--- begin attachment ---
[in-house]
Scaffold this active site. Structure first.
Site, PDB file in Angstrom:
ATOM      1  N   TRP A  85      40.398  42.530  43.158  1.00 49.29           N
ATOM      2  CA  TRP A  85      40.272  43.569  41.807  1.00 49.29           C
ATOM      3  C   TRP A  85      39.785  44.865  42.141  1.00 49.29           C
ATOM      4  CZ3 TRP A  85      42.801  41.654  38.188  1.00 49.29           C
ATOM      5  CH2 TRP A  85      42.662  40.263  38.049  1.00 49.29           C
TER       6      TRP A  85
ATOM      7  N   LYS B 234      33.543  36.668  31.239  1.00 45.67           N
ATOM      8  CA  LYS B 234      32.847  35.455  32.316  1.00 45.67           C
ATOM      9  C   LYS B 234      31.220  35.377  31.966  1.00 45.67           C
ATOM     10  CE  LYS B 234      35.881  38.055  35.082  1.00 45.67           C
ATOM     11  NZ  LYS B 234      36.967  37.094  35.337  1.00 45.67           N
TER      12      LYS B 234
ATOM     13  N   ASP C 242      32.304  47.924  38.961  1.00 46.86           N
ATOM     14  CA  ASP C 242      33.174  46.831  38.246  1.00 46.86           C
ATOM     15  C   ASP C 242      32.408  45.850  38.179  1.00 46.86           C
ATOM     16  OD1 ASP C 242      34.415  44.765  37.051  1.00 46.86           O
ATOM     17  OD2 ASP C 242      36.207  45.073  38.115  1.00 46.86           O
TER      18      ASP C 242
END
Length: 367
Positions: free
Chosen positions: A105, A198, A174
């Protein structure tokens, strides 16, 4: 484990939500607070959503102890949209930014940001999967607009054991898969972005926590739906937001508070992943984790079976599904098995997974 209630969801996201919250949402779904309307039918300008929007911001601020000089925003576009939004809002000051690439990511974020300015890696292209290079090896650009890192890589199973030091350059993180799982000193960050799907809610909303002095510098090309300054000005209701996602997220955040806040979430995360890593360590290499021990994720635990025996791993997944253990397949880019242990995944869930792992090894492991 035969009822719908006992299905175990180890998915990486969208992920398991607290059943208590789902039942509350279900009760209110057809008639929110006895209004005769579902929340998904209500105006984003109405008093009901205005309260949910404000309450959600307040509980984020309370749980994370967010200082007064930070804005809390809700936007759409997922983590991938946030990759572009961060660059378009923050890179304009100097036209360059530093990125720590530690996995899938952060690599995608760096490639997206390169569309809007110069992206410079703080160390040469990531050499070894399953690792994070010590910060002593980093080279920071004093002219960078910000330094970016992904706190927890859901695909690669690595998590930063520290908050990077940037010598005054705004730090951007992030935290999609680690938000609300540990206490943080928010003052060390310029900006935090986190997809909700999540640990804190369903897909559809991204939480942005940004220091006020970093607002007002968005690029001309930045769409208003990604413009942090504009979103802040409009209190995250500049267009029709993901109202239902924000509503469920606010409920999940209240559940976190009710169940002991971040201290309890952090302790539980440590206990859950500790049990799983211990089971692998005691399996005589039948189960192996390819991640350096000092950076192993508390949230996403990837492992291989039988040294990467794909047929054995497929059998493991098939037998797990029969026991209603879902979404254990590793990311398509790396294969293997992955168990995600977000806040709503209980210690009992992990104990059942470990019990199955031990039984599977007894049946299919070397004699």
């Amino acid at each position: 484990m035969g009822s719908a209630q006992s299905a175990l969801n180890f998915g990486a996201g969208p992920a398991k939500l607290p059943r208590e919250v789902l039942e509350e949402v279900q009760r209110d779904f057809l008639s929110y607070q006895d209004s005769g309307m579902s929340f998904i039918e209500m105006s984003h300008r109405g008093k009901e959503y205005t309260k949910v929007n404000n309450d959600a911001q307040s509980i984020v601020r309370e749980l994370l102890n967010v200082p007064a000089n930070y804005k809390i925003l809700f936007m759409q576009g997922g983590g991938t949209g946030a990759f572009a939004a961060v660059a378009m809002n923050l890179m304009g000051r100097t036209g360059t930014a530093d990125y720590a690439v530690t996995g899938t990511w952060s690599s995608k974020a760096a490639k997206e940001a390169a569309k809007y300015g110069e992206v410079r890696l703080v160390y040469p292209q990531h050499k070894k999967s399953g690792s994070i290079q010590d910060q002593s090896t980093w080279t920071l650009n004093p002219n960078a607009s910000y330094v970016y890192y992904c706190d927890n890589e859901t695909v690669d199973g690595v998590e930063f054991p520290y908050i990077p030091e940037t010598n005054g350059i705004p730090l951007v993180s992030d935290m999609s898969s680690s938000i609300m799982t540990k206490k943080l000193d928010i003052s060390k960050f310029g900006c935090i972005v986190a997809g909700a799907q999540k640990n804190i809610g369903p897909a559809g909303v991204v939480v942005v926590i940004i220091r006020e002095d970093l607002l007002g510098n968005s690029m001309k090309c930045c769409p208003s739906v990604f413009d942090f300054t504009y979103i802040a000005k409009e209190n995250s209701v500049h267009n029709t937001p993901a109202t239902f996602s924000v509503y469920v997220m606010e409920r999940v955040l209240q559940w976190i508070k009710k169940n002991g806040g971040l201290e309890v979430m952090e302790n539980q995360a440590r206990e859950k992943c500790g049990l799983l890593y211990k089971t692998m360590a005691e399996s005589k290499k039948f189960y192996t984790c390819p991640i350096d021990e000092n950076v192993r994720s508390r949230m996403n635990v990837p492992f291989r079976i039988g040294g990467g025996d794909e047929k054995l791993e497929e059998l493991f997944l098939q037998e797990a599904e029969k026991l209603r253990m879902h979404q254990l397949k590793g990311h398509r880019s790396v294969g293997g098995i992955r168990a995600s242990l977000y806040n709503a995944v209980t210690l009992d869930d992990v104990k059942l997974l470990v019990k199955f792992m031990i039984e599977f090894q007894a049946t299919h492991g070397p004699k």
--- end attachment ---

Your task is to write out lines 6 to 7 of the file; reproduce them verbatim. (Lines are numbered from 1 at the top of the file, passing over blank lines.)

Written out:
ATOM      3  C   TRP A  85      39.785  44.865  42.141  1.00 49.29           C
ATOM      4  CZ3 TRP A  85      42.801  41.654  38.188  1.00 49.29           C